As the weekend approaches, I'm thinking of the beach and maybe going for a swim. The Pacific Ocean is a wonderful place to go on a steaming hot July day, on this side of it as well.
What is not so great is the trash. It was worse a decade ago, and I recently found out why. Local volunteers are making a huge effort to get people to join beach cleanup campaigns along Japan's long coastline. Japan Environmental Action Network (JEAN) was founded by three Japanese women who wanted to do something about the trash they found on their trips to the ocean, and held its first cleanup event in September 1990. JEAN also joined the Ocean Conservancy's International Coastal Cleanup, making Japan the fifth nation to become part of this worldwide campaign for pollution prevention. Now they help local groups hold ocean cleanups at more than 150 sites across Japan, with more than 40,000 people volunteering for annual spring and autumn campaigns.
Their motto? "Think Globally, Clean Locally"
"Our focus is to stop the trash inland, so our organization works on showing the trash found at the beach. We want to get people thinking about where trash comes from, and how to stop it," says JEAN spokeswoman Yoshiko Ohkura to Metropolis.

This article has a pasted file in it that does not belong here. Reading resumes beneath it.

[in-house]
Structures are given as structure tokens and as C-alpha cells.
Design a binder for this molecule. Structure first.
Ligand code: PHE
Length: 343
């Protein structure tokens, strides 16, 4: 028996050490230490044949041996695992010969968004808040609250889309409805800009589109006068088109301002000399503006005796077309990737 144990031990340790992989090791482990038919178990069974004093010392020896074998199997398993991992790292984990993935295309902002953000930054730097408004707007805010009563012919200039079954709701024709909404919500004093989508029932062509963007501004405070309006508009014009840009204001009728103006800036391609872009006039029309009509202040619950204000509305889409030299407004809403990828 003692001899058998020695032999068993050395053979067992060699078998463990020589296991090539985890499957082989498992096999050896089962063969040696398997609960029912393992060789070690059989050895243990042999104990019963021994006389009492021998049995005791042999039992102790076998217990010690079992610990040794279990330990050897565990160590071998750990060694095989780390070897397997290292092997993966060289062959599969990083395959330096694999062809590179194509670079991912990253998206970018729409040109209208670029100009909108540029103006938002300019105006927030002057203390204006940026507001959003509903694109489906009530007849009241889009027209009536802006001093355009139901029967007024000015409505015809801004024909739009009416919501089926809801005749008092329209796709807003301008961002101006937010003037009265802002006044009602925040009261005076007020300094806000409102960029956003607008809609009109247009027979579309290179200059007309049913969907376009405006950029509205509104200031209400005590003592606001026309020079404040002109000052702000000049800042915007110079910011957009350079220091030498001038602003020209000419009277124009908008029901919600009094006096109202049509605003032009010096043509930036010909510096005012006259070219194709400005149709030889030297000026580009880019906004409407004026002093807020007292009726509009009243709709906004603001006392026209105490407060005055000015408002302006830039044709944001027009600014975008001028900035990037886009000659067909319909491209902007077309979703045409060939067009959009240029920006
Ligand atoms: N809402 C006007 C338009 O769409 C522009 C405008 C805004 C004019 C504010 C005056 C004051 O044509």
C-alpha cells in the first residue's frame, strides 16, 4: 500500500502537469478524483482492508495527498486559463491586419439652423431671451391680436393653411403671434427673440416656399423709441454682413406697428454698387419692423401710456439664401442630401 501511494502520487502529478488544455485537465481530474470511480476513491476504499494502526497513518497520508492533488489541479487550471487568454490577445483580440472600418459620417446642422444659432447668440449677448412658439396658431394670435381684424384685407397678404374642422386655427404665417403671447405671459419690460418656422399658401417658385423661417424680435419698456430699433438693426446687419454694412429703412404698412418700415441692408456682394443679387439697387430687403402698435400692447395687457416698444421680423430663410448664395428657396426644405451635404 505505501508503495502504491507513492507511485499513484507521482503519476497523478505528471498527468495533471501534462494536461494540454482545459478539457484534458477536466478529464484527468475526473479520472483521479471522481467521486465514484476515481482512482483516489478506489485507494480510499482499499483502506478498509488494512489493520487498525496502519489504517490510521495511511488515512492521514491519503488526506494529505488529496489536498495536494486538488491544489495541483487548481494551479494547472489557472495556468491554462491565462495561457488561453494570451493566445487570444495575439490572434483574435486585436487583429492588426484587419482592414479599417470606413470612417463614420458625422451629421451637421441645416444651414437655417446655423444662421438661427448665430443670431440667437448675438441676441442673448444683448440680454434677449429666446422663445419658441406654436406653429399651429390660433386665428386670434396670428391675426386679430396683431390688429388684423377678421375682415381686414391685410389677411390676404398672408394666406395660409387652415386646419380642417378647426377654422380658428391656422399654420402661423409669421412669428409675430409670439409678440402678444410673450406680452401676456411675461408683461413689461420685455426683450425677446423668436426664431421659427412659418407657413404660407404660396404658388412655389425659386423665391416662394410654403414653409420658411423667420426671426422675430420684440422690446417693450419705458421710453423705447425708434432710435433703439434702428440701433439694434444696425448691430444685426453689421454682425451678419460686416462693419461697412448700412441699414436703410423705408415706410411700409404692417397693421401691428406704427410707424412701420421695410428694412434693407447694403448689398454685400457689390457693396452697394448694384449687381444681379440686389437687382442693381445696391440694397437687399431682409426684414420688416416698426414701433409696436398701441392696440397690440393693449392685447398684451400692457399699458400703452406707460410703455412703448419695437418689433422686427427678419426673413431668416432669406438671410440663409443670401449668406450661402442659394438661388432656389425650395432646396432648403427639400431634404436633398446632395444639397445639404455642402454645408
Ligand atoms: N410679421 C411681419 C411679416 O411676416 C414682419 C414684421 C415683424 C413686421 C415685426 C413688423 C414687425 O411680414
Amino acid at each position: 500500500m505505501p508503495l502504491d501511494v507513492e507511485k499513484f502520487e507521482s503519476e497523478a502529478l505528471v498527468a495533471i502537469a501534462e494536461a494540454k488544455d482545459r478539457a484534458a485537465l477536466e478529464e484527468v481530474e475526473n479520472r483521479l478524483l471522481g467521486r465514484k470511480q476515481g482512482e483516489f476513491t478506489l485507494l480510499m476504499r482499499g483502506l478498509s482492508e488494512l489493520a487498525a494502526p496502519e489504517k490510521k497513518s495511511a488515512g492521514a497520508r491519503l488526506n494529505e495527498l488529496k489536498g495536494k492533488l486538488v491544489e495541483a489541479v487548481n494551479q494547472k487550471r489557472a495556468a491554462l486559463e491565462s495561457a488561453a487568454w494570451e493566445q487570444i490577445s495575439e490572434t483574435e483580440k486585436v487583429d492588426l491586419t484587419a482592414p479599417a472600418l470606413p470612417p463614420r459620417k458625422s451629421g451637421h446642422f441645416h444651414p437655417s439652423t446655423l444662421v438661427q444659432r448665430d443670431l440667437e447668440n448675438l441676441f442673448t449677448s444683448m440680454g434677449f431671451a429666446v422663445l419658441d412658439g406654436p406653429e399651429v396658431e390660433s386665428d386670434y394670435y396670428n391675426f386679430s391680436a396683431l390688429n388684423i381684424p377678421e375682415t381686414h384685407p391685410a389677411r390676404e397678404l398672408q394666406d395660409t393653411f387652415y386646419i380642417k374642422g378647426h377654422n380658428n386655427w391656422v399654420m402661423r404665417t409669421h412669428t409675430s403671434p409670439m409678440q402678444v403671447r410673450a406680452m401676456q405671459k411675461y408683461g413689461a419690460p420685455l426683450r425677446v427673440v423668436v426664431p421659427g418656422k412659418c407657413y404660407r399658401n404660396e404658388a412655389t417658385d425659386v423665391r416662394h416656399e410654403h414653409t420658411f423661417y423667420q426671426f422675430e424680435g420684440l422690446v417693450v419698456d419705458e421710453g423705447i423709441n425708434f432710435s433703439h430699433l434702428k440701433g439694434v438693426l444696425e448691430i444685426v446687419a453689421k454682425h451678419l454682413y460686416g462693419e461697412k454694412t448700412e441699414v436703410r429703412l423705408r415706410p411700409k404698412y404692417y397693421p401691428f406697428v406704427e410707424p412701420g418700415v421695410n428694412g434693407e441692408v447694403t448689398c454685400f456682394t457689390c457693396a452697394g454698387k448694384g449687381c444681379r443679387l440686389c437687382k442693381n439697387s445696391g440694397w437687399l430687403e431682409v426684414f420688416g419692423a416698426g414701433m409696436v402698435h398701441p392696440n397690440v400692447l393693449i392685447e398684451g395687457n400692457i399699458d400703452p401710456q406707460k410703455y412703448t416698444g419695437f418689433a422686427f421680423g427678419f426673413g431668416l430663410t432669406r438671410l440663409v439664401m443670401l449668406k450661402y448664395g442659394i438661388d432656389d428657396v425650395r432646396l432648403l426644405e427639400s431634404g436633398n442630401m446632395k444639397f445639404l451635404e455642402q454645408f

JEAN has a novel idea to communicate the scope of the problem. They have created a special exhibition that can be rented, consisting of suitcases with selected items found on different beaches. One such suitcase displays trash found here in Japan, while another showcases Japanese trash that was found on Hawaiian and Midway Island beaches. In this way, they attempt to educate people that this is a global problem, where anything thrown away at home may make a long journey before it becomes someone else's trash.
National Geographics Video: Coastal Cleanup
Beach Cleanup Links:
Treehugger: Ocean Conservancy Reveals World's Only Snapshot Of Marine Trash
Treehugger: Those Burnt Out Smokin' Butts
Youtube Video: Ocean Conservancy's International Coastal Cleanup
UPDATE: Long Beach 30-Minute Beach Cleanup (thanks!)
Written by Martin Frid at greenz.jp